Mucosal metabolites fuel the growth and virulence of E. coli linked to Crohn's disease.
Zhang S., Morgan XC., Dogan B., Martin F-P., Strickler SR., Oka A., Herzog J., Liu B., Dowd SE., Huttenhower C., Pichaud M., Dogan EI., Satsangi J., Longman R., Yantiss R., Mueller LA., Scherl E., Sartor RB., Simpson KW.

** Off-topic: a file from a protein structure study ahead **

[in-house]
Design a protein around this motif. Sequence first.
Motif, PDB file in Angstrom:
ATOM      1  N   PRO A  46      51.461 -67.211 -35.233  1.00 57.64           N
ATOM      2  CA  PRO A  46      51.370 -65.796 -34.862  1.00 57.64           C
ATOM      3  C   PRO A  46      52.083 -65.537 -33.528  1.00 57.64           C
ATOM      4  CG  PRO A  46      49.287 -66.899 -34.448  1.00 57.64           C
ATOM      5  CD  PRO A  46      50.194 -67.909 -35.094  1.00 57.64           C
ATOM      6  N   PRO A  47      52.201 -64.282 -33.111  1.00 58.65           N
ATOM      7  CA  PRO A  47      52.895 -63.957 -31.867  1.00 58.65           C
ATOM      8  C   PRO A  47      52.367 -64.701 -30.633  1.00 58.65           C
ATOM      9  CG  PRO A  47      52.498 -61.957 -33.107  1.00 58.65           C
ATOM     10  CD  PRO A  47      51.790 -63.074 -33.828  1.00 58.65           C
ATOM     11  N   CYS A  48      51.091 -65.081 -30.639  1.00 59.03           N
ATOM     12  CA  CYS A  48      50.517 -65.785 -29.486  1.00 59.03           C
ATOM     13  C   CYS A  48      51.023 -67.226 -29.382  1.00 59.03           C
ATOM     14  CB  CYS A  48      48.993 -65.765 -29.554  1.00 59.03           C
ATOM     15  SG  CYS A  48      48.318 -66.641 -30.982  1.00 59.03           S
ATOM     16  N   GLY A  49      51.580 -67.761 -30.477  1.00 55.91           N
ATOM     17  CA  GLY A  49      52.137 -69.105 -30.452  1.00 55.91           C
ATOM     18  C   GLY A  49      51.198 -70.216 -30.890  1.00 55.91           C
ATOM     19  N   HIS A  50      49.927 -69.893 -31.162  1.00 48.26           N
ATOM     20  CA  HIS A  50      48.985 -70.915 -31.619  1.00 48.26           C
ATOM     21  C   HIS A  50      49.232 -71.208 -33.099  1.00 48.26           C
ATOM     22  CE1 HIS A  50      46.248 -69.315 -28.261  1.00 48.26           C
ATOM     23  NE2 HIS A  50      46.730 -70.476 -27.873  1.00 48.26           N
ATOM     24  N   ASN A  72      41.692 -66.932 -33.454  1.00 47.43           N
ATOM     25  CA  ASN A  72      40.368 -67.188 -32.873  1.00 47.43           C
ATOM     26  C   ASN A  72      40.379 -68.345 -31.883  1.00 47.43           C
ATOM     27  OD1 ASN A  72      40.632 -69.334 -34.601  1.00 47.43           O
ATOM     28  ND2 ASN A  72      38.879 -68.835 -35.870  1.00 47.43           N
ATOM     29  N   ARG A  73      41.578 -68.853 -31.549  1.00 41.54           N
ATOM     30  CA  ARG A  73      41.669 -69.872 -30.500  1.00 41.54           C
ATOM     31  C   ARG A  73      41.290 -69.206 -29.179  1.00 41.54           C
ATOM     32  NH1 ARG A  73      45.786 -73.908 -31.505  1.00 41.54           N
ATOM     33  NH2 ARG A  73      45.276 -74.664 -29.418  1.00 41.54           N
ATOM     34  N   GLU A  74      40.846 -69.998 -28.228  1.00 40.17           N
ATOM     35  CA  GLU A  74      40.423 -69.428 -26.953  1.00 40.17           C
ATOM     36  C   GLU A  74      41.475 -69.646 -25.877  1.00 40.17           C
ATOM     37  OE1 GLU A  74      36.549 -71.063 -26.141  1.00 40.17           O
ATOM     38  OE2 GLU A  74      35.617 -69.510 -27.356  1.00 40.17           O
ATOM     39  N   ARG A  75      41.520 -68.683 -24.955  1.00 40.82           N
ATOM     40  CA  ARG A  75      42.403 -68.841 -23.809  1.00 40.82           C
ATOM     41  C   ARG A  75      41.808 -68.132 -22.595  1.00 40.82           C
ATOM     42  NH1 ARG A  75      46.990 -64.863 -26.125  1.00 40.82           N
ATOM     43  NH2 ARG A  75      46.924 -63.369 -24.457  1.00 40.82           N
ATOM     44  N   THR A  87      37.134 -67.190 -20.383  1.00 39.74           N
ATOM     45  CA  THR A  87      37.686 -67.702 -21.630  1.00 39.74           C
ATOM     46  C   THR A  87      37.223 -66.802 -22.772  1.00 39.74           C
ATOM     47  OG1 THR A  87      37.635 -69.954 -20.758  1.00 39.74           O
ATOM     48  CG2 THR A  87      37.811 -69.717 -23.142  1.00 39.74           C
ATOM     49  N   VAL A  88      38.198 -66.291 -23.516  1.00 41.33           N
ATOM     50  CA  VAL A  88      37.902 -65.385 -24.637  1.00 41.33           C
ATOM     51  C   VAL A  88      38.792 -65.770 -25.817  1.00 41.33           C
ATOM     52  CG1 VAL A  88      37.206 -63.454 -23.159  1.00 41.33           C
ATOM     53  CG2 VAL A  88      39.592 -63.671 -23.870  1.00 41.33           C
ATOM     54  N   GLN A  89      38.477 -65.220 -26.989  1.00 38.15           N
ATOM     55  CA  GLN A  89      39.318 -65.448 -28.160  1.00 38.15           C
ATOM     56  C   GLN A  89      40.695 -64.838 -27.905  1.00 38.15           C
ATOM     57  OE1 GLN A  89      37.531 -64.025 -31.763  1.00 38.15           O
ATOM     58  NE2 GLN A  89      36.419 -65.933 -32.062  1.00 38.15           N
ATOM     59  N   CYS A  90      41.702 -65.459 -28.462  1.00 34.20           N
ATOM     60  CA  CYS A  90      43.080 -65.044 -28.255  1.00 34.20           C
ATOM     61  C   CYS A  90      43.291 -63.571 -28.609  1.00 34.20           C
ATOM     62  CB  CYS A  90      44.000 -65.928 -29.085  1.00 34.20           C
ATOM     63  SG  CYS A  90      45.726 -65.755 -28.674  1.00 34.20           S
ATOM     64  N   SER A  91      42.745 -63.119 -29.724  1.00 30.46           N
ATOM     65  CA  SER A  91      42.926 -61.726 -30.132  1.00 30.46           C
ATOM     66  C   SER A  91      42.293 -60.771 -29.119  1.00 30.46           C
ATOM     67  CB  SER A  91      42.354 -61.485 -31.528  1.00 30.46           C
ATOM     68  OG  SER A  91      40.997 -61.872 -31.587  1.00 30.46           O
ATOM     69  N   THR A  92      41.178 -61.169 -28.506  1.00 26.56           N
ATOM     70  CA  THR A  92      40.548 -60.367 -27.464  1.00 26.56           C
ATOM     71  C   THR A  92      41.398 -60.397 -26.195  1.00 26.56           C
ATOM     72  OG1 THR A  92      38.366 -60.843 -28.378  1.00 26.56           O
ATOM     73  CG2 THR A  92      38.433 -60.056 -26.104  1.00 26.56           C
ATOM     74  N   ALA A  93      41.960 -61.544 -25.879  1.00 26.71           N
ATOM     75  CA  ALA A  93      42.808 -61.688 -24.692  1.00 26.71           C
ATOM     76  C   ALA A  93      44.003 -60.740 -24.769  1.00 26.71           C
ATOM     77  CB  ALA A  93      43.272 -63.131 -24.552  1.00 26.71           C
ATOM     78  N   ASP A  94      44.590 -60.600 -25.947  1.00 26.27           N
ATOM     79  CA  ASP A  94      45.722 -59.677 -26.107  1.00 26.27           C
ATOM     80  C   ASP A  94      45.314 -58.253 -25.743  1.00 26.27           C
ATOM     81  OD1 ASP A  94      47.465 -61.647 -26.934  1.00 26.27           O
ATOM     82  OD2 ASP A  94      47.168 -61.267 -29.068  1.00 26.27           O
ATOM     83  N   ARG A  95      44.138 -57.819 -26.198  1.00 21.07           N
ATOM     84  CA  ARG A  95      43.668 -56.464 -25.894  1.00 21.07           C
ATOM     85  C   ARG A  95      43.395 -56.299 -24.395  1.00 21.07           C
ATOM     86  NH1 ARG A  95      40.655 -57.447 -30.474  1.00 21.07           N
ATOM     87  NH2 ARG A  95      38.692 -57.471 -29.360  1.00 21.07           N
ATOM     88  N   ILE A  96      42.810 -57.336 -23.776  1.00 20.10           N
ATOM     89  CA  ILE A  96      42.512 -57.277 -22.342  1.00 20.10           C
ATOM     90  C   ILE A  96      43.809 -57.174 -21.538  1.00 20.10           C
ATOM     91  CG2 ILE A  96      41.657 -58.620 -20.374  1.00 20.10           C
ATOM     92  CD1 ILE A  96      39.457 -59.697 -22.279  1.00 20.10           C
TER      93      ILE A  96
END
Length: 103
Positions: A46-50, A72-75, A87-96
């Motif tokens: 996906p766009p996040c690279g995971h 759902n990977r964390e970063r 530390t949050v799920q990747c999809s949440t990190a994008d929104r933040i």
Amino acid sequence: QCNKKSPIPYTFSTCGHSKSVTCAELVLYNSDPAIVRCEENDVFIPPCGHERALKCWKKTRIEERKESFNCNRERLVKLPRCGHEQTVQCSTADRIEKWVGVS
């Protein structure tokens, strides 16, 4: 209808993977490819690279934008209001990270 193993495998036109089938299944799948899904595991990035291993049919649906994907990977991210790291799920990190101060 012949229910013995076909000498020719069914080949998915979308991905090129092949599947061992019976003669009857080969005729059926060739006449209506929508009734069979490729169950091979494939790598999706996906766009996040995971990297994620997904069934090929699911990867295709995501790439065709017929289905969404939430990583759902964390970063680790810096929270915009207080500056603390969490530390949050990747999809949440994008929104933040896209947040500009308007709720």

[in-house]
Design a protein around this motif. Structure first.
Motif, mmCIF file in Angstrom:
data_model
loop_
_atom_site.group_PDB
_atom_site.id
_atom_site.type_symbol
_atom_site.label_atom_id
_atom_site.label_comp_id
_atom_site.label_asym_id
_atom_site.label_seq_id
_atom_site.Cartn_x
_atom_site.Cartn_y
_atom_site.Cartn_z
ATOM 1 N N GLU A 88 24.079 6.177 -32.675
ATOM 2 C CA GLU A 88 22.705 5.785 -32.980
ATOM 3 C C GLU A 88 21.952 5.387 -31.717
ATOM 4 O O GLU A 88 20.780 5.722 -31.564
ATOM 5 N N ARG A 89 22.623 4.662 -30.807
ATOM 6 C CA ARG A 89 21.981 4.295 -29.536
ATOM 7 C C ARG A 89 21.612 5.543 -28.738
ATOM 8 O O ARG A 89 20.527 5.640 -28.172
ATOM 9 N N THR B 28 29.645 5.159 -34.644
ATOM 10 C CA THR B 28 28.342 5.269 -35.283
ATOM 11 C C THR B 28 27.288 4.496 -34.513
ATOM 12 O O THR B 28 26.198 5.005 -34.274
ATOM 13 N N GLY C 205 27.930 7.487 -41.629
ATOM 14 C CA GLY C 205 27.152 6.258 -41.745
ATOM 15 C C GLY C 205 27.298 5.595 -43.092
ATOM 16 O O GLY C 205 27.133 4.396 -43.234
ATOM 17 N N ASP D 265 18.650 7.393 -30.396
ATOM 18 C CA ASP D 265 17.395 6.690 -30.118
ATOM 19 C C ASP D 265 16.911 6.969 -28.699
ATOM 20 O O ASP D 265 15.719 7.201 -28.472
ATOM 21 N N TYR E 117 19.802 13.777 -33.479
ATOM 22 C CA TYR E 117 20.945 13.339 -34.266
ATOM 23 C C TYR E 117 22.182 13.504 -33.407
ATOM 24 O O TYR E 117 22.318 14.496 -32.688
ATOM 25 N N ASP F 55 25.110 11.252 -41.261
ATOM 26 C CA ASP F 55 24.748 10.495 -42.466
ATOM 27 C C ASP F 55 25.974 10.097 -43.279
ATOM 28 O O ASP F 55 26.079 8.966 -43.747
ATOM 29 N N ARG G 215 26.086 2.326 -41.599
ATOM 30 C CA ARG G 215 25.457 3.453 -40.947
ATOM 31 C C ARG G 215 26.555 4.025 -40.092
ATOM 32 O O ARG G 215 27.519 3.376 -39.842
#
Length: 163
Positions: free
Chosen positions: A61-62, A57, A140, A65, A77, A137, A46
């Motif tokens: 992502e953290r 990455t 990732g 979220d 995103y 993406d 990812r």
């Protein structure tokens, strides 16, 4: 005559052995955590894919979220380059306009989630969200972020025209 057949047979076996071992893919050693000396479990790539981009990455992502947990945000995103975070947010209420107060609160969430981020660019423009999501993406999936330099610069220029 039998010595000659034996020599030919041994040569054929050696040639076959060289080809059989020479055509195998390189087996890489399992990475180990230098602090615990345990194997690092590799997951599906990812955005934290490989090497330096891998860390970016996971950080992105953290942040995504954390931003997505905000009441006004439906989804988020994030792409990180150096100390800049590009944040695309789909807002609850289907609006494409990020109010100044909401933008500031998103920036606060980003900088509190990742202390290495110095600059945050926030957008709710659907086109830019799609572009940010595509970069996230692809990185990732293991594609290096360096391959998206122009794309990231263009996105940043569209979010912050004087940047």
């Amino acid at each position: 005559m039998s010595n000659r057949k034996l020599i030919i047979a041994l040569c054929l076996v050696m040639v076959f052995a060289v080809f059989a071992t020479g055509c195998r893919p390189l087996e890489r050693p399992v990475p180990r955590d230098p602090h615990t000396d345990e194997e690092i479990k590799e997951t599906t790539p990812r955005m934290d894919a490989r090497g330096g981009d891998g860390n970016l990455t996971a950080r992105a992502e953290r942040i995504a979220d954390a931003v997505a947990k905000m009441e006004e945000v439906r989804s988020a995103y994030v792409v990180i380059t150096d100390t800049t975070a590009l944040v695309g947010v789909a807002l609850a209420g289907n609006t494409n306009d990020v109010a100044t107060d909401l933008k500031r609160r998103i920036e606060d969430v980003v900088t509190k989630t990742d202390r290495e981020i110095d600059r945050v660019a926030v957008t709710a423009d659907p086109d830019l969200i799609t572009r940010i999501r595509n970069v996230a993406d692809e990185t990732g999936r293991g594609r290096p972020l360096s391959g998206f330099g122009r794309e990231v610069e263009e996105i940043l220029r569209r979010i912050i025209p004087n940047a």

Elucidating how resident enteric bacteria interact with their hosts to promote health or inflammation is of central importance to diarrheal and inflammatory bowel diseases across species. Here, we integrate the microbial and chemical microenvironment of a patient's ileal mucosa with their clinical phenotype and genotype to identify factors favoring the growth and virulence of Adherent and Invasive E. coli (AIEC) linked to Crohn's disease. We determine that the ileal niche of AIEC is characterized by inflammation, dysbiosis, coculture of Enterococcus and oxidative stress. We discover that mucosal metabolites support general growth of ileal E. coli, with a selective effect of ethanolamine on AIEC that is augmented by co-metabolism of ileitis-associated amino acids and glutathione, and symbiosis-associated fucose. This metabolic plasticity is facilitated by the eut and pdu microcompartments, amino acid metabolism, γ-glutamyl-cycle and pleotropic stress responses. We link metabolism to virulence, finding that ethanolamine and glutamine enhance AIEC motility, infectivity and pro-inflammatory responses in vitro. We connect use of ethanolamine to intestinal inflammation, and L-fuculose phosphate aldolase (fucA) to symbiosis in AIEC mono-associated IL10-/- mice. Collectively, we establish that AIEC are pathoadapted to utilize mucosal metabolites associated with health and inflammation for growth and virulence, enabling the transition from symbiont to pathogen in a susceptible host.